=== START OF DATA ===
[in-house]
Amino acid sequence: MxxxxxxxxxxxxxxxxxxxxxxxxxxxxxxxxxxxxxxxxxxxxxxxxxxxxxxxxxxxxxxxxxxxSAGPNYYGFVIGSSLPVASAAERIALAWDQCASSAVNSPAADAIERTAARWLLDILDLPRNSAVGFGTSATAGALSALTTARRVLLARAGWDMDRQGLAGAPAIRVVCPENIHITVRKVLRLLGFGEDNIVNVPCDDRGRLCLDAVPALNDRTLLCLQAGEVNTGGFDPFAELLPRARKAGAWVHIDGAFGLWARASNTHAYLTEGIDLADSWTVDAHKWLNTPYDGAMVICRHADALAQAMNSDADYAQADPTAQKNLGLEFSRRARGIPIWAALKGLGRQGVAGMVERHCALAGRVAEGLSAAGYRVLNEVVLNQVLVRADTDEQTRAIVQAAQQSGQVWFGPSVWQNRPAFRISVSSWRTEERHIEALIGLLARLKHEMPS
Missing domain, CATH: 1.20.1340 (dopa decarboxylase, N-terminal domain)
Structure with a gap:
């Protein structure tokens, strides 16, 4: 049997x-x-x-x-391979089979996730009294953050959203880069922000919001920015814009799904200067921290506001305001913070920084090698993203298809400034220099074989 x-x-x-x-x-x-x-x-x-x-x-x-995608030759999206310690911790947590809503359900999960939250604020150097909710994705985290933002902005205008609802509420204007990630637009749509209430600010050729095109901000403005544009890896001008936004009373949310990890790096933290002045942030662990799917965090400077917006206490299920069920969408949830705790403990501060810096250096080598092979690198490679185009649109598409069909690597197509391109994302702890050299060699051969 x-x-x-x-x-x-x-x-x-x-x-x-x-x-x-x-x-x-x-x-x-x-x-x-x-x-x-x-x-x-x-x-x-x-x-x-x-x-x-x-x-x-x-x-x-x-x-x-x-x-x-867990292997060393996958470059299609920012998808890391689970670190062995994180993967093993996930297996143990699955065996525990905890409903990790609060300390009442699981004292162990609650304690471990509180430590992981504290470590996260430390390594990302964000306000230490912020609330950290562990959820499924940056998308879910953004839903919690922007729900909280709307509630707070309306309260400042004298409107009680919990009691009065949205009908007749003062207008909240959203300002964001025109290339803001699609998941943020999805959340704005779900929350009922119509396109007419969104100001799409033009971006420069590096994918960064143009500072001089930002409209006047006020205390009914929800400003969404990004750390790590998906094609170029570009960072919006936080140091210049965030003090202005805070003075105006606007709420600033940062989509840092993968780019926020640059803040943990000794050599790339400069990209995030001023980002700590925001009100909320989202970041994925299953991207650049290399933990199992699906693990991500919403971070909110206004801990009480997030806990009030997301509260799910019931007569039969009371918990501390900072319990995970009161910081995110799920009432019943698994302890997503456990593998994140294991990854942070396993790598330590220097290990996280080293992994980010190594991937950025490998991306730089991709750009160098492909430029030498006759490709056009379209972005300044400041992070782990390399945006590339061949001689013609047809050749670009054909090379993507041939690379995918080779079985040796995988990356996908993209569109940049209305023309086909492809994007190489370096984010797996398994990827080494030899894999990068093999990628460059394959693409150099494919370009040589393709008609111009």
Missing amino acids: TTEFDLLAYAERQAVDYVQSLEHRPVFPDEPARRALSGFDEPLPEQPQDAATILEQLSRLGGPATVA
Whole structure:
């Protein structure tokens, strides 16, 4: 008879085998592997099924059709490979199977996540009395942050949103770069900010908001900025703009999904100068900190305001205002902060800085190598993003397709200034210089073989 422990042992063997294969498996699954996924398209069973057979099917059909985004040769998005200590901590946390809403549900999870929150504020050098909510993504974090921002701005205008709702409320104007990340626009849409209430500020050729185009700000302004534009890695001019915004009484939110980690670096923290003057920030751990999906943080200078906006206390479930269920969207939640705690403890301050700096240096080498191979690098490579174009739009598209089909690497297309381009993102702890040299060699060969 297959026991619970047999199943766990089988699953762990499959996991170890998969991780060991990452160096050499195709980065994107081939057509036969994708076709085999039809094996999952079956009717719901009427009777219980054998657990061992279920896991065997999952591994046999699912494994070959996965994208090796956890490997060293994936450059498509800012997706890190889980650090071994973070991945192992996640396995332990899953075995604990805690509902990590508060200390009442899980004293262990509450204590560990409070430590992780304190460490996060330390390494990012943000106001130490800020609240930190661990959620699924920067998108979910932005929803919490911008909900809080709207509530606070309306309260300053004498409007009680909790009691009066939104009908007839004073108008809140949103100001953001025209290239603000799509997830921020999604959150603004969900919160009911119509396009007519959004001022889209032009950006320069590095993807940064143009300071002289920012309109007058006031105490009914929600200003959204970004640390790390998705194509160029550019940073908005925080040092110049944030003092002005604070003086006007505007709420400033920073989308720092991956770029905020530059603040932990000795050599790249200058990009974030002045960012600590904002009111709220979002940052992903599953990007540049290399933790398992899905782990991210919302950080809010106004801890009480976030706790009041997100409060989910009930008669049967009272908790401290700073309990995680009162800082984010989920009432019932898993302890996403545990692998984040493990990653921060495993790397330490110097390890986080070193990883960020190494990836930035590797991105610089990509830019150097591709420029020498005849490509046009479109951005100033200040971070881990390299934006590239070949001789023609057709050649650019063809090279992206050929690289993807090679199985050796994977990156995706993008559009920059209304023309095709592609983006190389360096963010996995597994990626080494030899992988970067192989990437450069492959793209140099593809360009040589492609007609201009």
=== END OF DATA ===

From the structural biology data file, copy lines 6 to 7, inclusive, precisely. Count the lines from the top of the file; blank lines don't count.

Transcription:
Missing amino acids: TTEFDLLAYAERQAVDYVQSLEHRPVFPDEPARRALSGFDEPLPEQPQDAATILEQLSRLGGPATVA
Whole structure: